hide Matching Documents

The documents where this entity occurs most often are shown below. Click on a document to open it.

Document Max. Freq Min. Freq
Frederick H. Dyer, Compendium of the War of the Rebellion: Regimental Histories 65 65 Browse Search
Elias Nason, McClellan's Own Story: the war for the union, the soldiers who fought it, the civilians who directed it, and his relations to them. 64 2 Browse Search
Robert Underwood Johnson, Clarence Clough Buell, Battles and Leaders of the Civil War: Volume 2. 63 1 Browse Search
Rebellion Record: a Diary of American Events: Documents and Narratives, Volume 7. (ed. Frank Moore) 59 3 Browse Search
Rebellion Record: a Diary of American Events: Documents and Narratives, Volume 5. (ed. Frank Moore) 57 3 Browse Search
George Meade, The Life and Letters of George Gordon Meade, Major-General United States Army (ed. George Gordon Meade) 55 7 Browse Search
Harper's Encyclopedia of United States History (ed. Benson Lossing) 51 3 Browse Search
Horace Greeley, The American Conflict: A History of the Great Rebellion in the United States of America, 1860-65: its Causes, Incidents, and Results: Intended to exhibit especially its moral and political phases with the drift and progress of American opinion respecting human slavery from 1776 to the close of the War for the Union. Volume II. 43 1 Browse Search
Heros von Borcke, Memoirs of the Confederate War for Independence 36 0 Browse Search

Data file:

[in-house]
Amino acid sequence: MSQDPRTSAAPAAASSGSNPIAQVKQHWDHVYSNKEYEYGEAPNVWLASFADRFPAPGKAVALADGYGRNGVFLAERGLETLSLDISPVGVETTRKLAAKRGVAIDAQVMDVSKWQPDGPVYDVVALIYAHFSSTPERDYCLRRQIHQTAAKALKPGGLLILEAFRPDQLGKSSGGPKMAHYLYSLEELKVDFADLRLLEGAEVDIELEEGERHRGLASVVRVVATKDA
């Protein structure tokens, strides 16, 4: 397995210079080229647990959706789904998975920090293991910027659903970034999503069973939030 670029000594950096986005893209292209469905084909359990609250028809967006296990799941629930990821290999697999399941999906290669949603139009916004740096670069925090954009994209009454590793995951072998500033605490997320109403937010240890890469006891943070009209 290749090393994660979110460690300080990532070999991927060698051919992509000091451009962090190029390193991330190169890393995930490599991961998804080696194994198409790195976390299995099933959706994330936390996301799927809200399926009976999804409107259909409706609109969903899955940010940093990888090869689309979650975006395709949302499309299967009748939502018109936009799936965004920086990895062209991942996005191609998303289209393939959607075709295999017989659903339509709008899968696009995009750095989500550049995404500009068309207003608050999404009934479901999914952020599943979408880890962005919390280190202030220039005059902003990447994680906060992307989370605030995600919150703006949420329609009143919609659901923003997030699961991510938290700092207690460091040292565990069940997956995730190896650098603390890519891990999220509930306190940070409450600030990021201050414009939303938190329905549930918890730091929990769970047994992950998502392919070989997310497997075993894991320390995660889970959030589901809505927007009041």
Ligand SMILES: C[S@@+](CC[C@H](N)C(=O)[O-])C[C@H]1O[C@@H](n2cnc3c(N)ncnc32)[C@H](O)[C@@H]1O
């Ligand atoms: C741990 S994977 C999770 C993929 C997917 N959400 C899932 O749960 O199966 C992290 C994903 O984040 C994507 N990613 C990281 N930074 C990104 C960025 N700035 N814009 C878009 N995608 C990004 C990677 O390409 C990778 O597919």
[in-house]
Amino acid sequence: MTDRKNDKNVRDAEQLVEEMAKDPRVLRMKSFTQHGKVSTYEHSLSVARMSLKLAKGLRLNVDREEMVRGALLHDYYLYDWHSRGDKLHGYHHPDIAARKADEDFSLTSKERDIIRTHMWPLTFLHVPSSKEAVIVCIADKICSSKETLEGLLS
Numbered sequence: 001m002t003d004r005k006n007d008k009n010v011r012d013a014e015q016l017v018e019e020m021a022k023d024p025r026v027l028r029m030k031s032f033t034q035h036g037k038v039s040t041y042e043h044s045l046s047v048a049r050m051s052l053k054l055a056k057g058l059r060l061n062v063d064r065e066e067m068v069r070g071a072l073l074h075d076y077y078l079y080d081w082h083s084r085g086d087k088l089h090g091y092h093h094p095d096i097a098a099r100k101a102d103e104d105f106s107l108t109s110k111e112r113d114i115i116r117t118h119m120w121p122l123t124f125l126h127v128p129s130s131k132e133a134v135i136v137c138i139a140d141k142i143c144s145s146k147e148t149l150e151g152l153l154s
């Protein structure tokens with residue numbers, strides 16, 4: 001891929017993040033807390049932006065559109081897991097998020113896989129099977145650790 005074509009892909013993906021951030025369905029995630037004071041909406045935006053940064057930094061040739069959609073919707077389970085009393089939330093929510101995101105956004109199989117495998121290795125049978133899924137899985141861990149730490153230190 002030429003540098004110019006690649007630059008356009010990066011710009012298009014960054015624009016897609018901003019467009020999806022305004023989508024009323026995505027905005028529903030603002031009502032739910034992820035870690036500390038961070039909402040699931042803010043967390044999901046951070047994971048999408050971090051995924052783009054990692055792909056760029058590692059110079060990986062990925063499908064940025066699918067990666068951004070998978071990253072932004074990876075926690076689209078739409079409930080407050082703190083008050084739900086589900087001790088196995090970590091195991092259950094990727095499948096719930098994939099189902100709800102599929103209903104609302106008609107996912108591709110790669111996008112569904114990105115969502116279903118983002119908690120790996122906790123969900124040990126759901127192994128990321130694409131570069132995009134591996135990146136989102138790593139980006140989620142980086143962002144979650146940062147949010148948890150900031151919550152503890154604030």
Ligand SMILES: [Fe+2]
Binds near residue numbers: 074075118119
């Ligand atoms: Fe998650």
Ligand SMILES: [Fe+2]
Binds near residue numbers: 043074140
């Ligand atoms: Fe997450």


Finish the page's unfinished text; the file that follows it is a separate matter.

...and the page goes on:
Southern Historical Society Papers, Volume 7. (ed. Reverend J. William Jones) 31 3 Browse Search
View all matching documents...

Browsing named entities in Rebellion Record: a Diary of American Events: Documents and Narratives, Volume 7. (ed. Frank Moore). You can also browse the collection for Frederick, Md. (Maryland, United States) or search for Frederick, Md. (Maryland, United States) in all documents.

Your search returned 31 results in 5 document sections:

nd we hastened the more rapidly on. From Frederick out the whole road was lined with stragglerstwelve or fifteen miles to the north-west of Frederick; by Tuesday night, the First corps lay encamy, to move with seven thousand men to occupy Frederick and the line of the Baltimore and Ohio Railrtimo. At that time his headquarters were at Frederick, and Lee's at Hagerstown. It will be seen tllowed in the train of the army, had reached Frederick and reported to Dr. Steiner. It was still d. George G. Edgerly, and a third car-load to Frederick, to the care of Dr. Steiner. These were t of the wagons, sent out by Dr. Steiner from Frederick, gives the following account: I left F June twenty-ninth. Mr. Hoag and myself left Frederick with two wagon loads, in connection with thet to Washington, ordering up more supplies. Frederick was spoken of, but upon inquiry at different. In the mean time, Mr. Hoag had been to Frederick with the two wagons, and had returned with f[13 more...]
Doc. 22.-the army of the Potomac. The change of commanders. General Hooker was relieved of the command of the army at his own request. In taking leave of his soldiers, he issued the following address: General order no. 65.headquarters army of the Potomac, Frederick, Md., June 28, 1863. In conformity with the orders of the War department, dated June twenty-seventh, 1863, I relinquish the command of the army of the Potomac. It is transferred to Major-General George G. Meade, a brave and accomplished officer, who has nobly earned the confidence and esteem of the army on many a well-fought field. Impressed with the belief that my usefulness as the commander of the army of the Potomac is impaired, I part from it, yet not without the deepest emotion. The sorrow of parting with the comrades of so many battles is relieved by the conviction that the courage and devotion of this army will never cease nor fail; that it will yield to my successor, as it has to me, a willing and